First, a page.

Bang-up centennial at the Pops 100th birthday at the Pops The Pops starts a new century Pops celebrates 100 years. A gala opening tonight and a 15-city tour kick off a new century for a thriving Boston bastion

For this city, it is part of the natural rhythm of Spring. Swanboats appear in the Public Garden, magnolias blossom along Commonwealth Avenue, and one of the world's best orchestras -- the Boston Symphony -- metamorphoses into ``the Pops.''

Ninety-five first-rank classical musicians doff black tie and tails for sport jackets in restaurant-waiter blue. For two months, they shelve Beethoven, Bach, and Brahms and dust off John Philip Sousa, light Viennese classics, pop/rock/jazz, and film and Broadway tunes. In highly stylized symphonic orchestration, they celebrate Gershwin to Porter, Rodgers to Sondheim, with a festive flair that allows both audience and musicians to ``let the hair down and roll the shirt sleeves up.''

Tonight, when local glitterati throng into the classical Symphony Hall -- whose normally staid interior is festooned with baubles, balloons, and mirrors that shimmer across tables of Havarti cheese and supersweet punch -- more than just a city will join in the hoopla. People in far corners of the globe will tip their hats to the world's most recorded and widely heard ensemble as it reaches a milestone centennial year.

A peek at the telegrams that poured in in 1979, when late maestro Arthur Fiedler celebrated 50 years of conducting the Pops, hints why the Pops has become so venerated.

``I continually thank God for Arthur Fiedler, at whose hands I first heard live orchestral music,'' wrote composer/conductor Leonard Bernstein. ``You have done more to popularize classical music than anyone I know,'' wrote jazz great George Shearing. ``It is impossible to evaluate the happiness and pleasure you have given to so many through more than half a century,'' wrote conductor/arranger Andr'e Kostelanetz.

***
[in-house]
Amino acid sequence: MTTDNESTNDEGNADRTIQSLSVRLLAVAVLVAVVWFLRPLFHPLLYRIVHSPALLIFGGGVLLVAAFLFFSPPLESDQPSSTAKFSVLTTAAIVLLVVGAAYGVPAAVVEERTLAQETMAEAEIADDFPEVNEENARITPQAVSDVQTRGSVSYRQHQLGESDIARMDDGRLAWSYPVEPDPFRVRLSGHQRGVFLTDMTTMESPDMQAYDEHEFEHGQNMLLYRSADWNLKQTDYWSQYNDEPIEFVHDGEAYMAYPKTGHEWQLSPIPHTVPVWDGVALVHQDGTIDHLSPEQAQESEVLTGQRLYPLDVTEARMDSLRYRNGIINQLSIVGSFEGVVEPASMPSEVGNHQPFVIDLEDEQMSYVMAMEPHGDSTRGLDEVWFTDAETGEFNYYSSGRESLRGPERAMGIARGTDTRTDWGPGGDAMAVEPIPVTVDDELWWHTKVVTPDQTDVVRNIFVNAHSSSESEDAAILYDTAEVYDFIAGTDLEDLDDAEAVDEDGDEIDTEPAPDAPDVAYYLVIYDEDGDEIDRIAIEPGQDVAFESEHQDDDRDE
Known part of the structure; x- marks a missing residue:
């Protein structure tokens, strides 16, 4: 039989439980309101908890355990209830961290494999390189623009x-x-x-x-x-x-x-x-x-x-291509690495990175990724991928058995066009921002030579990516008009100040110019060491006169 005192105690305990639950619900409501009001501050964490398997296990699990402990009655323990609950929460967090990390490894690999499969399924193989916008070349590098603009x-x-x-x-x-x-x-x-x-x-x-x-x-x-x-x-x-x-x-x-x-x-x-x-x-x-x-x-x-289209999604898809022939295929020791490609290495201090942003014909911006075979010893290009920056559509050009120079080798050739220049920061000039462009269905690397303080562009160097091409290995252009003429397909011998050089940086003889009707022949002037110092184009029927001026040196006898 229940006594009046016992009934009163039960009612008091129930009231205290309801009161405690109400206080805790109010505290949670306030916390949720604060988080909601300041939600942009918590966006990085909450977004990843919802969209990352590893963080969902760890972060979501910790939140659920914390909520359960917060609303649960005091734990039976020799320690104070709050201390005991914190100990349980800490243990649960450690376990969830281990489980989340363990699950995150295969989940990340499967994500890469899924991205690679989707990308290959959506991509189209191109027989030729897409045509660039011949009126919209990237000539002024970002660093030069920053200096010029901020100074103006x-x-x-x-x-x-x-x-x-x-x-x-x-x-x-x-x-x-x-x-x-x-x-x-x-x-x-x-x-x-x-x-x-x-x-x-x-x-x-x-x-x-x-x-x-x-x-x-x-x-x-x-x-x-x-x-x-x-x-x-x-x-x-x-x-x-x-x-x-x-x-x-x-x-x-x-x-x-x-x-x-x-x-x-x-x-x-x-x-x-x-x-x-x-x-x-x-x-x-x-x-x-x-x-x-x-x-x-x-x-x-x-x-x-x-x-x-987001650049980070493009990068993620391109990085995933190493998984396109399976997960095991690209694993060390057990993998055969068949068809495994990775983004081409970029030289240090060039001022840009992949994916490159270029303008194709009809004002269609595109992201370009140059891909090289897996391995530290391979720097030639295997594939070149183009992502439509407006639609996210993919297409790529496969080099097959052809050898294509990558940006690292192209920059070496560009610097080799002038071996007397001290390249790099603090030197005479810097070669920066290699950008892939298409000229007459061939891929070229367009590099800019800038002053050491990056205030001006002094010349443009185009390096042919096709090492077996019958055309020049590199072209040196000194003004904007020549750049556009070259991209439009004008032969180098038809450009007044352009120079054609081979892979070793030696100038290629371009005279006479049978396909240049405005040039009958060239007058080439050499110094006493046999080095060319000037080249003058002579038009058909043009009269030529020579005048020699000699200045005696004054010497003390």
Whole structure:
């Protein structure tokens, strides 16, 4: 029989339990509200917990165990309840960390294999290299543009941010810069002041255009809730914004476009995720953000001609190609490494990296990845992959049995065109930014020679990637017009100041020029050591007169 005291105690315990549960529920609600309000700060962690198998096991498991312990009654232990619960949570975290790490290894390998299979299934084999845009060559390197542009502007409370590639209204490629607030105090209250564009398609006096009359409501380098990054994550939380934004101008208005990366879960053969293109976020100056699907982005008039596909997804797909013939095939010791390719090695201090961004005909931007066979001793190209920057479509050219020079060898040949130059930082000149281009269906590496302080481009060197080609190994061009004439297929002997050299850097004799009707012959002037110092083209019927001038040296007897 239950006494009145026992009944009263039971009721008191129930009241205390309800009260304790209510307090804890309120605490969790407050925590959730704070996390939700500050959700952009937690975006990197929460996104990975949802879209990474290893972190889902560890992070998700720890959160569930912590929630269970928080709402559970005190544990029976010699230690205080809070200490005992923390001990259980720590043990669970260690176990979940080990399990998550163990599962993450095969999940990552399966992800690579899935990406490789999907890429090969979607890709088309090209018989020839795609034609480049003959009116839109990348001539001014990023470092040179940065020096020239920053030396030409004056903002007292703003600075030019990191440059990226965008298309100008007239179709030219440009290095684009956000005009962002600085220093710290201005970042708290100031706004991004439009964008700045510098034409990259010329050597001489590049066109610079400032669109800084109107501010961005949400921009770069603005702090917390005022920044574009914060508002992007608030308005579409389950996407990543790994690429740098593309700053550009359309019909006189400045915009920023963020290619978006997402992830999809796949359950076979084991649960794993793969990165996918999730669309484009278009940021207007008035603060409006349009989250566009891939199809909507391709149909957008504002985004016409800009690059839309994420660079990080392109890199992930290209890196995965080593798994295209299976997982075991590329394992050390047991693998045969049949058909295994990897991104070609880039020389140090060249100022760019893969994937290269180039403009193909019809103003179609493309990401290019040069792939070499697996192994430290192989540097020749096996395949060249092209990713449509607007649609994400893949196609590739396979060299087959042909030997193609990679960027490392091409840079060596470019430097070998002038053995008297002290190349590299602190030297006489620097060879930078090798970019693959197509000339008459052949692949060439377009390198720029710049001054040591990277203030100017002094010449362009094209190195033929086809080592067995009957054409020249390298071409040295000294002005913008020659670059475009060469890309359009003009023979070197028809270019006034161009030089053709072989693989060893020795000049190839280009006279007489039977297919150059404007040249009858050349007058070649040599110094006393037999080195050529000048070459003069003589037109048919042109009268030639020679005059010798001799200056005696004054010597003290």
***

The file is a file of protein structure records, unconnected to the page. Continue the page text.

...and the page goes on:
Today Fiedler's work is still appreciated. ``The influence of the Boston Pops is quite astonishing when you consider that practically every orchestra in America now does pops concerts in the formula developed by Arthur Fiedler through the 1930s and '40s,'' says David Tomatz, director of the School of Music at the University of Houston.

The Pops's popularity continues unabated five years after Fiedler's passing. Through countrywide performances, a regular PBS television series, films, and more than 50 million records sold, the Boston Pops remains the country's first, oldest, and still leading ``pops'' orchestra. That means, in the words of BSO founder Henry Higginson, making ``concerts of a lighter kind of music'' accessible to the broadest possible public.

The now famous tripartite formula includes: a group of shorter, light classical works, overtures, marches, waltzes; an appearance of a soloist, often in a complete concerto; and finally a group of pieces selected from the wide repertory of current popular songs.

In 1980, the Fiedler baton was handed to John Williams. A four-time Oscar winner, veteran of 60 film scores, including the five top money-grossers of all time, Williams has helped the Pops expand its legacy to include more film, Broadway, and show-tune music -- and original compositions by himself and other top name composers, such as Peter Schickele and Peter Maxwell Davies.

``By performing popular music so wonderfully, by setting such a high standard, they've set a standard for the entire industry,'' says Mr. Tomatz.